In a few years I fabricated my first miniature motorcycle engines for friends. A Harley Davidsons 1911 single cylinder engine was the first one and then a later model Knucklehead V-twin. I continued to buy and collect tools of the jewelry trade and improve my skills. The flex shaft was a God-send to me and really speeded things up. My work soon became somewhat popular among friends. I experimented with rubber molds soon after and began to create a line of biker pins and rings that my wife and I sold at swap meets from a wooden case. I also began to tinker with gold occasionally, albeit rarely at that time. By 1990 my work was pretty good in silver, and practice is what I did. I feel that I benefited greatly from having no formal training, as that let me master bead setting first, which I loved and always will.

My methods were almost entirely fabrication at first, and bead setting became my signature style so to speak. Having been a Harley fanatic since buying my first Harley at 21, my Sportster engine was my first really detailed engine-related piece. It was made just for kicks, but Rusty took it to Harley Davidson and they ordered a Panhead. Of course, I was thrilled to make it, and in a few months completed that model and a couple much smaller versions.

Starting out with simple tools

My shop’s tools started very crudely: a homemade polishing motor without a filter, hand files, all kinds of pliers and any useful tool found, every hammer I could get, a desk for a bench, and plumber’s torches and anvils. After that first casting, we got a Newcraft burnout oven, a Pro Craft vacuum casting table and my engraving block. Files have always been my primary tools, compared to all other jewelers I'd met. I find they transfer directly to the metal through feeling, so I can control them with great ease. #6 cuts are even common on my bench. After going into business all kinds of other tools were needed and like any repair or bench jeweler, the collection of small tools grew. Gravers also became my must-have tools. Engraving is an art I admire greatly and only really have the most basic ability with compared to a master engraver. However, being necessary to bead setting, the style of setting I consider superior to all others, my abilities with them improved over the years, though are in no way complete. The fanciest tool I have is probably the Smith torch, which I had wanted for years, only to find that I don’t like it at all.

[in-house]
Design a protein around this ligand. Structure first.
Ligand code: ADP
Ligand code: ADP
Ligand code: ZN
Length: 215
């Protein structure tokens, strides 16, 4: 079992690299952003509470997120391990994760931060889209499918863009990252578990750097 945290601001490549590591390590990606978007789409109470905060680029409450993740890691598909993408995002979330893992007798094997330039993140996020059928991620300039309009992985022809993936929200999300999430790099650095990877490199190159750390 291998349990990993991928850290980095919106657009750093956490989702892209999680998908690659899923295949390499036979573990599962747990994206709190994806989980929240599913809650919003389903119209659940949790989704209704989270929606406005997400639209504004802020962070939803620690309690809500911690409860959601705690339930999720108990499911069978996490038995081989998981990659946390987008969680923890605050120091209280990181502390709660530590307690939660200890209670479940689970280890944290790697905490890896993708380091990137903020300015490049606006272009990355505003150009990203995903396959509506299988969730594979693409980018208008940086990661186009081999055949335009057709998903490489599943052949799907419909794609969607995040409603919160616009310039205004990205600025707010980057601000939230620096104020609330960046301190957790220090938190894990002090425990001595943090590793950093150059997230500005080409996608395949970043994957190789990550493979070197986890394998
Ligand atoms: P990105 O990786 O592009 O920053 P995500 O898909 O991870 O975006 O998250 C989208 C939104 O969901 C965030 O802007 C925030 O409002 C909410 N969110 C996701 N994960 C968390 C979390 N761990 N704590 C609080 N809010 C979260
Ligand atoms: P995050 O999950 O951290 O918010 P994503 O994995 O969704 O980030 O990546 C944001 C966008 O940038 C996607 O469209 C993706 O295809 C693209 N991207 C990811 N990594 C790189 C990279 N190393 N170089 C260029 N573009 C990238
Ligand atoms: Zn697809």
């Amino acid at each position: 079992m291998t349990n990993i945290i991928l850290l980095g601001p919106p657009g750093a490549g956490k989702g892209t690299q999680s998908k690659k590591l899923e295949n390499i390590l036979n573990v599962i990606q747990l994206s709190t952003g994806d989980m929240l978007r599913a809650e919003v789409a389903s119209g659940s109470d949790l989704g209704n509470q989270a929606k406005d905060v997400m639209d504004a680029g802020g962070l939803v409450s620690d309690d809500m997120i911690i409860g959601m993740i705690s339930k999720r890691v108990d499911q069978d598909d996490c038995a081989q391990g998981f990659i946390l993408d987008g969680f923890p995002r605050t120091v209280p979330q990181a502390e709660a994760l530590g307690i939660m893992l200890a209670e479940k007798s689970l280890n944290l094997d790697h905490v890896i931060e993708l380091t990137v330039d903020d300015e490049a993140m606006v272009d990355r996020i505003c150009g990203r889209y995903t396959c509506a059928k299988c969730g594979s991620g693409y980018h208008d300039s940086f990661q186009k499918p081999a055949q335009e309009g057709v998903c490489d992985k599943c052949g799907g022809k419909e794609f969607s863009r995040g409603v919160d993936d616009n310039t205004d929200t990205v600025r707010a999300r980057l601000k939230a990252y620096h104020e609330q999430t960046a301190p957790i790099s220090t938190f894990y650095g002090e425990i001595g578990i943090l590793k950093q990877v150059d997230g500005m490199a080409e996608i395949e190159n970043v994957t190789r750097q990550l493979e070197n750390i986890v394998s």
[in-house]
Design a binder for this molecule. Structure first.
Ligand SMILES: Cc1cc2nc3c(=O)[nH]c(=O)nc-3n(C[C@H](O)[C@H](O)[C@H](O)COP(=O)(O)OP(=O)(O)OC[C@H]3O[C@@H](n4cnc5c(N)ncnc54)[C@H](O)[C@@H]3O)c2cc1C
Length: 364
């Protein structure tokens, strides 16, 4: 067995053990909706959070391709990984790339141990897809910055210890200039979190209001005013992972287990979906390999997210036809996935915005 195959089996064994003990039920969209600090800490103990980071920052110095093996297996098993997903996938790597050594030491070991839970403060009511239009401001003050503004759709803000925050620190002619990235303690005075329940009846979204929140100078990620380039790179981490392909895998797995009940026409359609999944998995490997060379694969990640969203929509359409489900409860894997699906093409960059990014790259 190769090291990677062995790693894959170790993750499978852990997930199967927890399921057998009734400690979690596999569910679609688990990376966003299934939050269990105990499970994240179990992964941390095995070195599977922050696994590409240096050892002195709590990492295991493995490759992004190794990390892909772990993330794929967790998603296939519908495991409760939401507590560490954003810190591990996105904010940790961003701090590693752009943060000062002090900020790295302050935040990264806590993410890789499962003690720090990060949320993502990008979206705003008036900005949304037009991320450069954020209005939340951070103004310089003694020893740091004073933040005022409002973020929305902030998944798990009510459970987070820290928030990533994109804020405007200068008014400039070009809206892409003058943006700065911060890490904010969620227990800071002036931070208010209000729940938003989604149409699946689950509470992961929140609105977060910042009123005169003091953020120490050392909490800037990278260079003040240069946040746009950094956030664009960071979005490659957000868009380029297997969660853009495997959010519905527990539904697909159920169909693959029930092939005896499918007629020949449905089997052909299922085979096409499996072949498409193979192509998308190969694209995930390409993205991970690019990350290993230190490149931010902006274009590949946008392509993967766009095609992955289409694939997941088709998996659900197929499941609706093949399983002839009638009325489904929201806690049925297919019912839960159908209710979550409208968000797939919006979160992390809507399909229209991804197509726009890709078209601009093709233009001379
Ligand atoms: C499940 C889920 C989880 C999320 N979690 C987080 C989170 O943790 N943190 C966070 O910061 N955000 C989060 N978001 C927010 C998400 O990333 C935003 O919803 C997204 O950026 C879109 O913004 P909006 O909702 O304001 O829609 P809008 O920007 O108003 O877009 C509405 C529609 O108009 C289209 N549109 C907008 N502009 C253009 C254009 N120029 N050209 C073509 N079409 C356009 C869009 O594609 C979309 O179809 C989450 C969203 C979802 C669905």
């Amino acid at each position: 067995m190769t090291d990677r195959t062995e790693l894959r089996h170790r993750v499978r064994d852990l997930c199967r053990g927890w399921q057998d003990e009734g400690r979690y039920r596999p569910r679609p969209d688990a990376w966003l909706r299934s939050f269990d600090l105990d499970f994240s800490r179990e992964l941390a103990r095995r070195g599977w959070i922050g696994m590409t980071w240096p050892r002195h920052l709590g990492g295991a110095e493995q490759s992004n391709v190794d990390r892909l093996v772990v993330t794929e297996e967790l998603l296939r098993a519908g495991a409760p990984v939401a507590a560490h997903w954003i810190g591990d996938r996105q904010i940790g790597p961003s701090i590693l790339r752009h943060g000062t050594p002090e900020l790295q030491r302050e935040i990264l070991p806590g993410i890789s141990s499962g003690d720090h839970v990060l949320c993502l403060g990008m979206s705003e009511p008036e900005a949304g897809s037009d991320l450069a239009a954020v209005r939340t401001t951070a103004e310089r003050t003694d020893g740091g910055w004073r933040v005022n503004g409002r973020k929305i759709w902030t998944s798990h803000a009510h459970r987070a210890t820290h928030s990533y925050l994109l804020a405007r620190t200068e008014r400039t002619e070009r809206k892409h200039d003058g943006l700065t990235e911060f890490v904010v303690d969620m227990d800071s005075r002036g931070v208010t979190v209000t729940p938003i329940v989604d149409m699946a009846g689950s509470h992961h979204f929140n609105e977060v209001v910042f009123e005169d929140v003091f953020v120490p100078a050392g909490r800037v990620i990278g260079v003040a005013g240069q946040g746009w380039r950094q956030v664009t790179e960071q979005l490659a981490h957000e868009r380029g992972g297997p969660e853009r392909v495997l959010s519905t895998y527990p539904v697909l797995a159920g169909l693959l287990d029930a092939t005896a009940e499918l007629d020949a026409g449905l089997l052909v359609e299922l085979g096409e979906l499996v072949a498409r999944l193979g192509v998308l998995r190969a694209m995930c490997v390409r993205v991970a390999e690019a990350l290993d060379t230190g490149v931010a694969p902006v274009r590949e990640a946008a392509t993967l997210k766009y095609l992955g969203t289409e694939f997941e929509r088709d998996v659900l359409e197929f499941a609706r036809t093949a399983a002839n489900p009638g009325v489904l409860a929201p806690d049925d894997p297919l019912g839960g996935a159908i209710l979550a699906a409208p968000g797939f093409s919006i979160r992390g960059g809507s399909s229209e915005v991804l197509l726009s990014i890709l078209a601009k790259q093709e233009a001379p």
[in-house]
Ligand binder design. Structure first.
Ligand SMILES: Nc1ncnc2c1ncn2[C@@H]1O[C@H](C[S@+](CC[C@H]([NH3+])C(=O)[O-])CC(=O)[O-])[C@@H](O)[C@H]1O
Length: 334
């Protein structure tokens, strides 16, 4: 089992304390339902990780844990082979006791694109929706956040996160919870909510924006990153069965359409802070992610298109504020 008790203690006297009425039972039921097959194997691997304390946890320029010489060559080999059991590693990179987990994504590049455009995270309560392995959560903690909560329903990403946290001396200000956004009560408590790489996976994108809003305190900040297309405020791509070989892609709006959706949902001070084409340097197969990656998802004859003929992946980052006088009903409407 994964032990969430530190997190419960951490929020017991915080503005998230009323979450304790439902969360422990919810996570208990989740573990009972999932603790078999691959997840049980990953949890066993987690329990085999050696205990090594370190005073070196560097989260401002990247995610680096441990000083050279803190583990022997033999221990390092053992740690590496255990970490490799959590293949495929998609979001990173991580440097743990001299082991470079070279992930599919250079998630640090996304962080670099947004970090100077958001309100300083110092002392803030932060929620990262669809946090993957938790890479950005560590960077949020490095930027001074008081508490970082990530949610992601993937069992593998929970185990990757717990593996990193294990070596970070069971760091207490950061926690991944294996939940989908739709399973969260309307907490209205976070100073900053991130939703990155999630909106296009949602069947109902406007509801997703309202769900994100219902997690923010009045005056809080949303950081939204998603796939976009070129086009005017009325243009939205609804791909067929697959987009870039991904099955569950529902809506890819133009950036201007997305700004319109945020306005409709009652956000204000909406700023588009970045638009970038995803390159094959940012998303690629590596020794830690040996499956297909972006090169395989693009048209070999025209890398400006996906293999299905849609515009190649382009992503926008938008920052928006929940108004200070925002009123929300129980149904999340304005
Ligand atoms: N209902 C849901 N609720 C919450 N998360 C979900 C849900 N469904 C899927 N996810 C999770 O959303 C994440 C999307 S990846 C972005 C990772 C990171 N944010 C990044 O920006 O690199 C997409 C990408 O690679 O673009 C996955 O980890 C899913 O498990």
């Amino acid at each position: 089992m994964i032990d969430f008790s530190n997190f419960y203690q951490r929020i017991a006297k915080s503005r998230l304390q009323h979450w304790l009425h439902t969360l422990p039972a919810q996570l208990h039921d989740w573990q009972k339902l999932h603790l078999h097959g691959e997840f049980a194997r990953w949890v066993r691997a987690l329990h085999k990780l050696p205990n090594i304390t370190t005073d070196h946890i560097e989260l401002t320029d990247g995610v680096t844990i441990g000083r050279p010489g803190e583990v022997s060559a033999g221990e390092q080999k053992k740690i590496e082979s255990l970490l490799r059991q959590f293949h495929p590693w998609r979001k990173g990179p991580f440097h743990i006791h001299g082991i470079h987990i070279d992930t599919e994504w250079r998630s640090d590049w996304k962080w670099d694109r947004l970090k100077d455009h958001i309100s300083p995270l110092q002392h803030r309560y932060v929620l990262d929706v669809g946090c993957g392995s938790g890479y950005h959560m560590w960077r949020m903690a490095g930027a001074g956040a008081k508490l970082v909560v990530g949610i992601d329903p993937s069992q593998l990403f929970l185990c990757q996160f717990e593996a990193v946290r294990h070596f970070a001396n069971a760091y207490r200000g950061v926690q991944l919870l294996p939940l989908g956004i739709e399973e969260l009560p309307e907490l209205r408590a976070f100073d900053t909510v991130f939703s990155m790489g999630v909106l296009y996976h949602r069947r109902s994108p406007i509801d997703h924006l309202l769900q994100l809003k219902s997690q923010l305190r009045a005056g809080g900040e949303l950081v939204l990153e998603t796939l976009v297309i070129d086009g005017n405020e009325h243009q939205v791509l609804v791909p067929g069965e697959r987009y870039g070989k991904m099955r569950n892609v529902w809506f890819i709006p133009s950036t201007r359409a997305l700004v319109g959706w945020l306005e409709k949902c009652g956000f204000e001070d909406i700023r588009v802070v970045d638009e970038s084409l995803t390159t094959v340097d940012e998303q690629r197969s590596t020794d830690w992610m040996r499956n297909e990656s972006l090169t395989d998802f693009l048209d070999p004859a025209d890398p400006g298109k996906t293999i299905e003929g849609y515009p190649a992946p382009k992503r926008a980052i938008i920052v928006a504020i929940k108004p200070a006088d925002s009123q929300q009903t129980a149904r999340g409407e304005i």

Back in the day. Fence and Rusty. (Click on photo to enlarge.)

Tricks of the Trade

One of my “tricks” is to visualize everything I work on as being much, much larger in my imagination. I also utilize my imagination as much as possible to rehearse my next steps, usually a couple steps in advance. I would love to share my techniques with any students. I don’t believe in keeping any techniques secret. We all were beginners once, and we all continue to make occasional mistakes. Mastery is the ability to cover them up as if they never existed. This is something I learned from years of repairs.

Quality work and imagination combined

Quality has always been # 1 in my pieces, even at the expense of sometimes being rather heavy. I build things to last for a lifetime and adhere to the motto, “Quality isn’t cheap, it's priceless,” although our prices were always modest. The art is an endless journey of learning for me, constantly learning new tricks or finding a new and better way that was somehow simply overlooked. Surely I will continue to create new pieces of metal art as long as the Lord allows me. I believe it is a God-given gift, and my job is merely to practice and learn to use it.

A diamond bead set in gold on a ring.

Thoughts on bead setting

Bead setting is somewhat rare in today’s market. It is always one-of-a-kind by nature, time consuming and for many jewelers aggravating at best. It is very unusual to learn stone setting starting with the most difficult of traditional methods, from what I've been told at least. It is like learning to fly a jet before logging hours in a Cessna 150 maybe. If you tried hard enough and were crash proof, in theory at least, you could do it. From my experience, though, I don't think that's a major exaggeration. So, even compared to my engines, I think beadsetting is equally demanding in craftsmanship.

From Silver to Gold

Almost overnight gold became my primary metal. While focused on one-of-a-kind items at first, we soon had a thriving business including repairs and diamond sales. We focused on teaching our customers about quality and what to look for and then let them decide where to buy. The old line of biker jewelry became second fiddle at best.

Gold, I soon discovered, was a lot different than silver, and I soon became familiar with it in a “trial by fire” manner, having no actual choice. Repairs were an important part of our business, though I really despised doing them, as it was never my work and very often not of high quality. However, it was priceless to the owner, so even the least valuable repair was treated with all my craftsmanship as if it were a custom piece that I had made.

A brain tumor means major life changes